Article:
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June 24, 2008     Cape Gazette
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June 24, 2008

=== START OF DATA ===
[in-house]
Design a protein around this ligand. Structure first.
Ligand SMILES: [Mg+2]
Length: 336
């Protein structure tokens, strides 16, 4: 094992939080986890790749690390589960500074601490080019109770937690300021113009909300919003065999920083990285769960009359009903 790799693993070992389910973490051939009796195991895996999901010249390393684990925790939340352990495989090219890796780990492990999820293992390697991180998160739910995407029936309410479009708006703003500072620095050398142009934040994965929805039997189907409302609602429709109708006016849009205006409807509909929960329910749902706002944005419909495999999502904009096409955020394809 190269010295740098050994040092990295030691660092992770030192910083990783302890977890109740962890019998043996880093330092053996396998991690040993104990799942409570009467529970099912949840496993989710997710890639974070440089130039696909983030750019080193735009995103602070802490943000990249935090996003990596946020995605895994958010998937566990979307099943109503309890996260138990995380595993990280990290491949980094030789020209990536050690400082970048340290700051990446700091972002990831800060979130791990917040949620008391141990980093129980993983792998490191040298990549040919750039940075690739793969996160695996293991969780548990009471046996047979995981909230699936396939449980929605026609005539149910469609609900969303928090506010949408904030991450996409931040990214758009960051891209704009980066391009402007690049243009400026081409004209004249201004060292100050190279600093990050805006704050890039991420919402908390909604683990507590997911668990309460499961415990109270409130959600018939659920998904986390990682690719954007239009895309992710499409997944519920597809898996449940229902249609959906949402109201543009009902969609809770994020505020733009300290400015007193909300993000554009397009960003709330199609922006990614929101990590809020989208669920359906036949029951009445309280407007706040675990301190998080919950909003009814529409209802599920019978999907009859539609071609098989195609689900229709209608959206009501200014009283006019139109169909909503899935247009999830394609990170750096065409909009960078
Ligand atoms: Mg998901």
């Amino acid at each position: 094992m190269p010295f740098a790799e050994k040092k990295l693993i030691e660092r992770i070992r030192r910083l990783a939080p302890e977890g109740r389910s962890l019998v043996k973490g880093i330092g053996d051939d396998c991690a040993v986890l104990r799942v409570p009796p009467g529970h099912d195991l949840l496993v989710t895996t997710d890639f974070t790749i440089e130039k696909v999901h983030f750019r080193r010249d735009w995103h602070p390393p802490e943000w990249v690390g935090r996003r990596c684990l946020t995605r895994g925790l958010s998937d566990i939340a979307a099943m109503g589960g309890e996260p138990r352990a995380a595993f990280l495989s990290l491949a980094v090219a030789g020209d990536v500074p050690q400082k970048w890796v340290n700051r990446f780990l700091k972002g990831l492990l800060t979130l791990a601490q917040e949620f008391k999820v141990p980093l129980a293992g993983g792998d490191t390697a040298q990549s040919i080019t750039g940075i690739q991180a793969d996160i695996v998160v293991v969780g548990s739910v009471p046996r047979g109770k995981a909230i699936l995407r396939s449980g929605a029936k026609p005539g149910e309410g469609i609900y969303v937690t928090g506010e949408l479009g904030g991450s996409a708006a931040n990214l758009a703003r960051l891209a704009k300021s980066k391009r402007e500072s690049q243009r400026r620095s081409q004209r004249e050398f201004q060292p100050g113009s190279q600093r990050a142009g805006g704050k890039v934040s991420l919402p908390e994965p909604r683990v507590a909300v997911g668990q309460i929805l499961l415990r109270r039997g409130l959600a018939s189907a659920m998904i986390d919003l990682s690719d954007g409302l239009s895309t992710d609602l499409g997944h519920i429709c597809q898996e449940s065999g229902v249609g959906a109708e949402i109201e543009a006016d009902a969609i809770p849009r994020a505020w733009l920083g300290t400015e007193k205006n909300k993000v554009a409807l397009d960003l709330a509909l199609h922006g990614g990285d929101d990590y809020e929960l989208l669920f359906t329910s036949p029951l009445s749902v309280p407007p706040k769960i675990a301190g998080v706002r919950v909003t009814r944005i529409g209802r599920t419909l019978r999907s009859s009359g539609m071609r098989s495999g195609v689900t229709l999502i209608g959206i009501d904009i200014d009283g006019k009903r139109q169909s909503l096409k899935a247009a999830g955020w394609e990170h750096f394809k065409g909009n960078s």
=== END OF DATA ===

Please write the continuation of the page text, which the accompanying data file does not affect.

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GE, arden & Farm 22 TUESDAY, JUNE 24- THURSDAY, JUNE 26, 2008 Cape Gazette New brochure to highlight ag festivities The Delaware Department of Agriculture has been awarded a direct grant from the Delaware Tourism Office to create an Agri- cultural Festivals & Events brochure and accompanying video. The grant, totaling $3,840, is one of eight direct grants award- ed by the tourism office to tourism attractions and organiza- tions. Ten nonprofit tourism groups were also awarded money in matching grant funds. The idea to apply for the grant came from Delaware Depart- ment of Agriculture (DDA) mar- keting specialists Lisa Falconetti and ]o-Ann Walston. Walston, who once worked for the Delaware Economic Develop- ment Office, previously adminis- tered the grant program and knew there was money available. She thought it would be a great idea if DDA applied. "This brochure will be a use- ful tool not only for visitors to Delaware planning their vaca- tions, but for Delawareans who are looking for an agricultural experience," said Falconetti. The Agricultural Festivals & Events brochure will be available in 2009 and will be found at farm stores, farmers markets, on-the- farm-markets, chambers of com- merce, convention and visitors bureaus, hotels and motels, li- braries, etc. The brochure can al- so be viewed online. To list a festival or event in this new brochure, contact Falconetti at 302-698-4554 or Walston at 302-698-4523. Hem's a few 0000teps:to make your garden safer Honey, is this poison ivyF' J J he said as he held up a big clump of green vine that he removed from the hedge along the driveway. Yikes, he'll be sorry! Step No. 1: Learn to identify poison ivy, very common here in Sussex County and often found growing in our gardens. If you think you have been ex- posed to this vine, wash off the oil ASAP. Take a shower and wash with a strong liquid deter- gent - don't use a bar soap as it will spread the oil to other parts of the body. Lathering up with Fels Naptha, an old-time, heavy- duty laundry soap, will do the trick. These soaps will greatly reduce and in most cases pre- vent a skin reaction to the oil in poison ivy. Rubbing alcohol will also remove the oil. These oils can be transmitted from your clothes or your pooch. Washing your clothes and the dog in hot water with the detergent should remove the oil. Always have a first aid treatment on hand for "PI." A small sprout of poison ivy can be removed by pulling. When I spot a sprig in my gar- den, I put a plastic bag over my hand and yank it out, folding the bag over the plant tosend it to the trash can. But if it's a full- fledged vine, it's best to spray with an herbicide. Check out the label and to see that it con- tains glyphosate and follow the directions. There are some new, safer, organic types on the mar- ket. It can take repeated herbi- cide applications to rid your gar- den of these tenacious plants. Be diligent and patient. Wear garden gloves, long sleeves and long pants, then launder them immediately after the treatment. This treatment also applies to poison oak and sumac. Step No. 2: Don't have poison- ous plants in your garden. Curi- ous young children or grandchil- dren can be tempted to taste plants. Many popular garden flowers are very toxic, even fa- tally so, when ingested. Don't plant these but, if you must, take precautions to plant them out of bounds for children. Hyacinth, Narcissus and Daf- fodil bulbs cause diarrhea and vomiting. Digesting these bulbs may be fatal - too bad that does- n't have the same effect on my squirrels, which spend all fall eating these bulbs. One or two castor bean seeds are a lethal dose for a child. Lantana berries, yew berries, mistletoe berries and buckeyes are fatal to both children and adults. Lily-of-the-Valley, foxglove leaves and flowers, delphinium and larkspur seeds cause an ir- regular heartbeat and pulse. Bleeding heart foliage, rhubarb leaves, and all parts of rhododendrons and azaleas are poisonous and fatal. MARY SUE COLAIZZI PHOTO LEARN TO IDENTIFY POISON IVY, very common here in Sussex County and often found growing in our gardens. It is hard to tell if those mush- rooms growing in your lawn or on that old tree stump are poi- sonous. Your best bet is to re- move and dispose of mush- rooms whenever you see them. Step No. 3" According to the American Association of Poison Control Centers more than 92 percent of the 2.4 million poison exposures reported in the latest year studied occurred in the home. Yet, the Home Safety Council found that most families are not taking the appropriate precautions to reduce the risk of poison exposure. The chemicals used to beautify our lawns and gardens are toxic. Search for safer organic products and al- ways follow label instructions carefully. Store all lawn and gar- den chemicals, fertilizers and pesticides in a safe place out of the reach of children and pets. Step No. 4: Garden tools should not be left lying around when not in use. Lawn mowers, rakes, spades, forks, pruning clippers, fries and metal plant stakes are potentially harmful. Strewnhoses are tripping haz- ards; store them safely. Happy safe gardening. Mary Sue Colaizzi is a master gardener with The Delaware Cooperative Extension and recipient of the 2007 Sussex County Master Gardener of the Year Award. She has been a gardener in Rehoboth Beach for the last two decades. Address questions or comments to Mary Sue Colaizzi c/o newsroom@cape